• Type: Publication series
  • Date: 1/22/2014

Fiscal barometer – January 2014 

 In 2014 the business community is hoping to see steady growth. Reforms in various sectors are expected, and companies are hoping that the positive effects of these will outweigh potential negative consequences. One key consideration is the need for measures to encourage investment, including fiscal advantages. The authorities have been slow to grant such incentives up to now.
Teodora Alecu

Director, Transfer Pricing

The banking system is strengthening its internal monitoring and control of risks, which could have both positive and negative effects. Clearly a strong banking sector is a prerequisite for a stable business climate, but the measure might lead banks to be more cautious about lending, with consequent negative effects on growth.

Reform in the healthcare system will hopefully resolve the health budget deficit, although at a likely cost of poorer services for patients, as public medical services can be expected to be dramatically reduced.  It seems likely that the clawback tax on pharmaceutical companies will remain largely unchanged, hence maintaining this considerable burden on the sector and negatively affecting profit margins earned from the supply of both original and generic drugs to the public health system.

Reform in agriculture is still awaited. With the right policies, this sector could become a powerful engine of economic growth, supplying markets in both Romania and abroad with a wide range of products. Attention is now concentrated upon how the right of non-resident individuals to buy land in Romania will affect the system. Farmers and companies are keen to see measures adopted by the authorities to help their agricultural business develop and to reinvigorate this important sector.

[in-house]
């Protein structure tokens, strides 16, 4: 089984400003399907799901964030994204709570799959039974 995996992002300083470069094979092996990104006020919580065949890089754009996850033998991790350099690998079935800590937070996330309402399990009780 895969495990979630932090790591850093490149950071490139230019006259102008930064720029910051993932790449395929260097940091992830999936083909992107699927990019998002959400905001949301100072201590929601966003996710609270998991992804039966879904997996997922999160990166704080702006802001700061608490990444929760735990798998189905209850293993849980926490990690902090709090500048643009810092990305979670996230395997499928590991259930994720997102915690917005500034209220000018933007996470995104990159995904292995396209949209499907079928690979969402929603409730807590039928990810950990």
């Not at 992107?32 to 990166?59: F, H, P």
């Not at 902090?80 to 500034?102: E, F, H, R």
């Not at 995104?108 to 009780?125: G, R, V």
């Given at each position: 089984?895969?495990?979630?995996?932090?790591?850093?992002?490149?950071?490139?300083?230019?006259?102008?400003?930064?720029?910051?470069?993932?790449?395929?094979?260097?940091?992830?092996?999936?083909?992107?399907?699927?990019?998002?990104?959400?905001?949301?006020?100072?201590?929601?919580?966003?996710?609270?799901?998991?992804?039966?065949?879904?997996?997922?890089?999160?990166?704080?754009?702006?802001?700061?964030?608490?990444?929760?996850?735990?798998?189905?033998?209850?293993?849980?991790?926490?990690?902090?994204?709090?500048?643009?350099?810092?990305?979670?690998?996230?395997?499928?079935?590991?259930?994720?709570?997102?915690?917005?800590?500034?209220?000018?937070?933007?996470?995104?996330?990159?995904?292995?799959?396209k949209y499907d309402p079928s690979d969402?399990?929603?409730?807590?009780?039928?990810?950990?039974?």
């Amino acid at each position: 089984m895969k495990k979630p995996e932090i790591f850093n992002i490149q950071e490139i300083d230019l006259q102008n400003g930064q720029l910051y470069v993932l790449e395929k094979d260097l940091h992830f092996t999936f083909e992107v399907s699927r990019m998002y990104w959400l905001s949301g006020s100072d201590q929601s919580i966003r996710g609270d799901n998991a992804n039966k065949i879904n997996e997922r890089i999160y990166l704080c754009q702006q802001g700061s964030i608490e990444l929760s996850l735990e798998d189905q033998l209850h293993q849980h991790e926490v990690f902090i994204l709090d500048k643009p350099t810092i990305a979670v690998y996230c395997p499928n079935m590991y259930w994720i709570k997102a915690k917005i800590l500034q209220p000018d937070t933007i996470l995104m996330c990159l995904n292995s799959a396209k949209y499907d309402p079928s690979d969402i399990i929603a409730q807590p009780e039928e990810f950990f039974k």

Taxpayers are looking carefully at the likely tax changes in 2014. These should make payments and refunds quicker, and, in particular, should speed up VAT reimbursements. Currently, many taxpayers suffer significant delays in obtaining these, because the tax authorities usually carry out an audit before making any payment. So it is very welcome that a proposal is currently under discussion for VAT refunds of less than RON 20,000 to be made without the need for a prior audit.

Another new proposal is that rectifying tax returns of significant value will be required to be certified by an authorized tax consultant.

The special tax on constructions will generate a significant burden for companies in several industries where many such constructions are used. This can be expected to have an immediate negative effect on the profit margin of many companies. However, most likely, the impact will be cascaded down to the end-users.

Overall, many important changes can be expected this year in tax and other areas. We hope that the authorities will focus on efficiency in the tax system, as well as measures to encourage investment and growth in key sectors.


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